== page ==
Soloists, Allentown Band, in multicultural ‘Arts at St. John’s’ concert
A multicultural program featuring outstanding soloists will mark the Allentown Band’s concert, 3 p.m. Sept. 29, St. John’s Evangelical Lutheran Church, 37 S. Fifth St, Allentown as part of the “Arts at St. John’s” series.
A Curtis Institute trained trumpet player, an Allentown mezzo-soprano who has performed internationally and St. John’s cantor highlight the program that includes selections from eight different countries, says Ronald Demkee, conductor of the Allentown Band.
“It’s going to be a very nice program with a lot of varied styles,” says Demkee. Countries represented in the program include Czech Republic, Russia, Italy, Austria, Germany, and Isle of Man.
Demkee says the concert will feature the St. John’s organ played by St. John’s cantor Eric Gombert.
“We like to take advantage of any place that has a great instrument,” Demkee says of the church’s Skinner organ which has four manuals and 87 ranks. “We find the organ works well with the band. It’s really another wind instrument.”
The band and the organ will play Bach’s “Toccata and Fugue in D Minor.” The audience can really appreciate the contrasting sounds of the organ and band, says Demkee.
The organ also is heard for Haydn Wood’s “Mannin Veen (Dear Isle of Man- A Manx Tone Poem).” Demkee says four Gaelic songs from the Isle of Man highlight the organ’s “big, powerful sound.”
Demkee is excited to have James Vaughen, a student at the Curtis Institute of Music in Philadelphia, join the band for Hayden’s “Trumpet Concerto.”
“Any time you can get a Curtis student, you know you’re getting a quality musician,” Demkee says.
The young musician has a connection with the Allentown Band.
A 2017 graduate of the University Laboratory High School, Champaign, Ill., Vaughen studied with Ronald Romm, who performed with the Allentown Band in last year’s “Side-by-Side Concert” at Miller Symphony Hall.
Vaughen has performed as co-principal trumpet of the Chicago Youth Symphony Orchestra, Chicago Youth Symphony Encore Chamber Orchestra and National Youth Orchestra. In 2015, he was featured on the “From the Top” radio program, broadcast nationally on NPR stations. In 2017, he was chosen as a National Young Arts Winner in Classical Music.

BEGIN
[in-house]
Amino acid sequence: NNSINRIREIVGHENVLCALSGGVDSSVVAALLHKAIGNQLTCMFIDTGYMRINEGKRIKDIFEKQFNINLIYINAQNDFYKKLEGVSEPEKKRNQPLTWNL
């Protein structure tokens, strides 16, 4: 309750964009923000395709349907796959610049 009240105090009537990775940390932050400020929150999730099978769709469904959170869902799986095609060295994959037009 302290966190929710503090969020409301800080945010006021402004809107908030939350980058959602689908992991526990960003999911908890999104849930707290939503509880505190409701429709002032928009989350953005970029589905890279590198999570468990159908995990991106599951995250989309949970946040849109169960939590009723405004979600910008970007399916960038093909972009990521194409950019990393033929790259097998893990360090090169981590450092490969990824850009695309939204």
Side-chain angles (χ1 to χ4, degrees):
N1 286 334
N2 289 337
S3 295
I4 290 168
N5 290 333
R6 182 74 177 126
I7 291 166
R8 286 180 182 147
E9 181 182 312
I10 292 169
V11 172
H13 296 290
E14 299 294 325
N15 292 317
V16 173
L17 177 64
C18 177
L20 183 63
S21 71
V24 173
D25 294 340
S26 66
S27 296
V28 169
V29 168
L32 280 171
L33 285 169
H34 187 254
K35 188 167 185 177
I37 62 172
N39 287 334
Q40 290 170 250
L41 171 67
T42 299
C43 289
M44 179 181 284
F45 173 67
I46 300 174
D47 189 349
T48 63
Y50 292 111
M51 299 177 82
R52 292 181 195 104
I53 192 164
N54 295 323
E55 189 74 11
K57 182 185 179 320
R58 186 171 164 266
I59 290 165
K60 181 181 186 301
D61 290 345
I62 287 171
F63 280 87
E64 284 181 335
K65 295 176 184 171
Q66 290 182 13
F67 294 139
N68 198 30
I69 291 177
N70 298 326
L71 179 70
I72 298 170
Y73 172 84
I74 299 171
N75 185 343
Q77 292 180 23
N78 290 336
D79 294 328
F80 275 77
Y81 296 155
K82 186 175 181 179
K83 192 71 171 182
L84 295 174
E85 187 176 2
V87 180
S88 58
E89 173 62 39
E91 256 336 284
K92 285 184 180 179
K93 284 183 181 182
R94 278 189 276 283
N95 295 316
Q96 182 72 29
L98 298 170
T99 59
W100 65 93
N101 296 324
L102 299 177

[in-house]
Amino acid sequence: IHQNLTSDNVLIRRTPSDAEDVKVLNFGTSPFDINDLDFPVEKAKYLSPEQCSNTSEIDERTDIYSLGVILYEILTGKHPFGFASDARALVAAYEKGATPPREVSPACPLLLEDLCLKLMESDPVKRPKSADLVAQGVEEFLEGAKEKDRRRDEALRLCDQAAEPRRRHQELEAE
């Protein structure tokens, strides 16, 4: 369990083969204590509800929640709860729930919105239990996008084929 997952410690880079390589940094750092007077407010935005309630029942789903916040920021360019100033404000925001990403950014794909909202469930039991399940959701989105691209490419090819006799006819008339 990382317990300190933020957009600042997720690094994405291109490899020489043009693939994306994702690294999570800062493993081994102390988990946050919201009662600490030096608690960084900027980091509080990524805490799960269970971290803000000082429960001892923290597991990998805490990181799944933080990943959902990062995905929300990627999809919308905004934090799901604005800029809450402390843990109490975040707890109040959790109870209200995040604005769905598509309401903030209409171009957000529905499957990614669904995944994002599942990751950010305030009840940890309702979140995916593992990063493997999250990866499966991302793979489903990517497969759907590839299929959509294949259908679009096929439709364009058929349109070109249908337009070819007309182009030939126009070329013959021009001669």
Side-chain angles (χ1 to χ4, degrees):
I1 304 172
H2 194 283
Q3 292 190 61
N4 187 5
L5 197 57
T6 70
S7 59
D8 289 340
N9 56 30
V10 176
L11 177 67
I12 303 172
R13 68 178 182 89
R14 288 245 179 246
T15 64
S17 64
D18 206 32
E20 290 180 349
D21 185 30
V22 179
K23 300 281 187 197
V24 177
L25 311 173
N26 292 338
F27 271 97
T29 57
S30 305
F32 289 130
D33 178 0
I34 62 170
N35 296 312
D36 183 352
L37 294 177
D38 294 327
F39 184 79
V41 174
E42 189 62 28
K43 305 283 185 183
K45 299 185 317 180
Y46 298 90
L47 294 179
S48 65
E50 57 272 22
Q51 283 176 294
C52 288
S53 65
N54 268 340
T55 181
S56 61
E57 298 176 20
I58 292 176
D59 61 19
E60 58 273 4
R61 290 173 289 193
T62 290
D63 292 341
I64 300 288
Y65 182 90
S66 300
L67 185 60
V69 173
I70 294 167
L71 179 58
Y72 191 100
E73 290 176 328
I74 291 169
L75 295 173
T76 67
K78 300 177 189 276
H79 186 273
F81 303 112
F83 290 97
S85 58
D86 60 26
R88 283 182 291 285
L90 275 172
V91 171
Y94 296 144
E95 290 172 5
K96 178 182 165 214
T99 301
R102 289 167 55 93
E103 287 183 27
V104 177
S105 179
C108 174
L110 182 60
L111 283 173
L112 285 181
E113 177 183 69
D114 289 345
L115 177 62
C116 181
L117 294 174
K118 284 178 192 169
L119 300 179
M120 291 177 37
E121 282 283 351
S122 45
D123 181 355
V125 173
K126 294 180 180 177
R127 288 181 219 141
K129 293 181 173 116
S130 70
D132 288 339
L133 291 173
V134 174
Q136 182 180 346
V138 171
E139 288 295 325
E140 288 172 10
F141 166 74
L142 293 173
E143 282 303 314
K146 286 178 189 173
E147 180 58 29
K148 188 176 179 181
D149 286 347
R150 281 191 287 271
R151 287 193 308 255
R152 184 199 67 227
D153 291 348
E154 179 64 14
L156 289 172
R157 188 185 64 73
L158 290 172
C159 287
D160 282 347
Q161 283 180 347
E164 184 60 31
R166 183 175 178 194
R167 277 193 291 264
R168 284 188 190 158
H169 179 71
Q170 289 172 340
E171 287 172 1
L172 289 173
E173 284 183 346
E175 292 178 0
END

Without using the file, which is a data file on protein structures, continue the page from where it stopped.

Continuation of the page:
“I’m anxious to hear him,” Demkee says,
Demkee also praises mezzo-soprano Patricia Risley, whom he calls a “world-class singer.”
Demkee says Risley will demonstrate her versatility by singing contrasting styles of pieces.
First, she will sing two operatic pieces, “Vilyia” from “The Merry Widow” by Franz Lehar and “O mio babbino caro” from “Gianni Schicchi” by Giacomo Puccini.
In the second half of the program, Risley will perform a medley of Barbra Streisand favorites, including “People,” “Memories,” “Don’t Rain on My Parade” and “There’s a Place for Us.”
Risley, of Allentown, has sung at some of the most prestigious opera houses in the world, including Berlin Staatsoper Unter den Linden, Teatro Real (Madrid), Bayerische Staatsoper (Munich), Opera de Monte-Carlo, Innsbruck Opera, The Metropolitan Opera, Lyric Opera of Chicago, Houston Grand Opera, New York City Opera, Dallas Opera, Los Angeles Opera, Santa Fe Opera, Opera Company of Philadelphia, Opera Colorado, Glimmerglass Opera and Utah Opera.
Locally, she has sung with The Allentown Symphony, The Allentown Band, Satori and The Camerata Singers.
Demkee says the 40-member band will be showcased when it plays “Russlan & Ludmilla Overture” by Mikhail Glinka.
“This piece is a real tour de force,” Demkee says. “It shows the technical proficiency of the band.”
He also is excited to have the band return to St. John’s for its “Arts at St. John’s” series. The band has been performing in the long-running music series for the last four years.
“This a great space,” he says of the church. “We really like playing there. It has beautiful architecture and the acoustics are fantastic. It’s a wonderful concert venue.”
There is no admission charge to “Arts at St. John’s” concerts. Free-will donations are accepted. Information: allentownband.com.